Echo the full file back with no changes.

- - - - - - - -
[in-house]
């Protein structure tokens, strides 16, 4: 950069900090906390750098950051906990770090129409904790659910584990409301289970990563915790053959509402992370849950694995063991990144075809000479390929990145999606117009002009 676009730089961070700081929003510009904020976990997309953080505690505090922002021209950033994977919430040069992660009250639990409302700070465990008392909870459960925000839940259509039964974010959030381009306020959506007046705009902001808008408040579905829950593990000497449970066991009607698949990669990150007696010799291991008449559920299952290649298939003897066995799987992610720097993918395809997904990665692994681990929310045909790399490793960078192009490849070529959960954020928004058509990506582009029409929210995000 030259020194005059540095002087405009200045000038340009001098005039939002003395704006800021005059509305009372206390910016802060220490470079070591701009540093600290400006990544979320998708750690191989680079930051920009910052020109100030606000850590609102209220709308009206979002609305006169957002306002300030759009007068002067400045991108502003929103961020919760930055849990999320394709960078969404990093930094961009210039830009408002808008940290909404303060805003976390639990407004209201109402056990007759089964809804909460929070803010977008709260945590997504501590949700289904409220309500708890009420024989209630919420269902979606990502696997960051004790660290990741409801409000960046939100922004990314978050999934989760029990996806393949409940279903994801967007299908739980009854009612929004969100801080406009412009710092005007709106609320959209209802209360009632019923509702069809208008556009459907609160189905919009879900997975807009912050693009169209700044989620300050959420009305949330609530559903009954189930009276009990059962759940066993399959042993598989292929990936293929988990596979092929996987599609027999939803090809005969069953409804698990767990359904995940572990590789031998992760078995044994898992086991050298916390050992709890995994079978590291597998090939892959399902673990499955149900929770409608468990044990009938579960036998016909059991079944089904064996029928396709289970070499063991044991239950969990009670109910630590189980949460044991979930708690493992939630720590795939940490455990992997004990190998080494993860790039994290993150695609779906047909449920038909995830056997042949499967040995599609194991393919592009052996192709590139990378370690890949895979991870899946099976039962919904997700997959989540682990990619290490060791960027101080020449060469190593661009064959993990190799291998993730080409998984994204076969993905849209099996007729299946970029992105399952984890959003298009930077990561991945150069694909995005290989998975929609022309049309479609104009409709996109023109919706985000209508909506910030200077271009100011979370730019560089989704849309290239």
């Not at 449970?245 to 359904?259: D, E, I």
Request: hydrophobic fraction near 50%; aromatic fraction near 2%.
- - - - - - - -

[in-house]
């Protein structure tokens, strides 16, 4: 950069900090906390750098950051906990770090129409904790659910584990409301289970990563915790053959509402992370849950694995063991990144075809000479390929990145999606117009002009 676009730089961070700081929003510009904020976990997309953080505690505090922002021209950033994977919430040069992660009250639990409302700070465990008392909870459960925000839940259509039964974010959030381009306020959506007046705009902001808008408040579905829950593990000497449970066991009607698949990669990150007696010799291991008449559920299952290649298939003897066995799987992610720097993918395809997904990665692994681990929310045909790399490793960078192009490849070529959960954020928004058509990506582009029409929210995000 030259020194005059540095002087405009200045000038340009001098005039939002003395704006800021005059509305009372206390910016802060220490470079070591701009540093600290400006990544979320998708750690191989680079930051920009910052020109100030606000850590609102209220709308009206979002609305006169957002306002300030759009007068002067400045991108502003929103961020919760930055849990999320394709960078969404990093930094961009210039830009408002808008940290909404303060805003976390639990407004209201109402056990007759089964809804909460929070803010977008709260945590997504501590949700289904409220309500708890009420024989209630919420269902979606990502696997960051004790660290990741409801409000960046939100922004990314978050999934989760029990996806393949409940279903994801967007299908739980009854009612929004969100801080406009412009710092005007709106609320959209209802209360009632019923509702069809208008556009459907609160189905919009879900997975807009912050693009169209700044989620300050959420009305949330609530559903009954189930009276009990059962759940066993399959042993598989292929990936293929988990596979092929996987599609027999939803090809005969069953409804698990767990359904995940572990590789031998992760078995044994898992086991050298916390050992709890995994079978590291597998090939892959399902673990499955149900929770409608468990044990009938579960036998016909059991079944089904064996029928396709289970070499063991044991239950969990009670109910630590189980949460044991979930708690493992939630720590795939940490455990992997004990190998080494993860790039994290993150695609779906047909449920038909995830056997042949499967040995599609194991393919592009052996192709590139990378370690890949895979991870899946099976039962919904997700997959989540682990990619290490060791960027101080020449060469190593661009064959993990190799291998993730080409998984994204076969993905849209099996007729299946970029992105399952984890959003298009930077990561991945150069694909995005290989998975929609022309049309479609104009409709996109023109919706985000209508909506910030200077271009100011979370730019560089989704849309290239």
């Not at 449970?245 to 359904?259: D, E, I």
Request: hydrophobic fraction near 50%; aromatic fraction near 2%.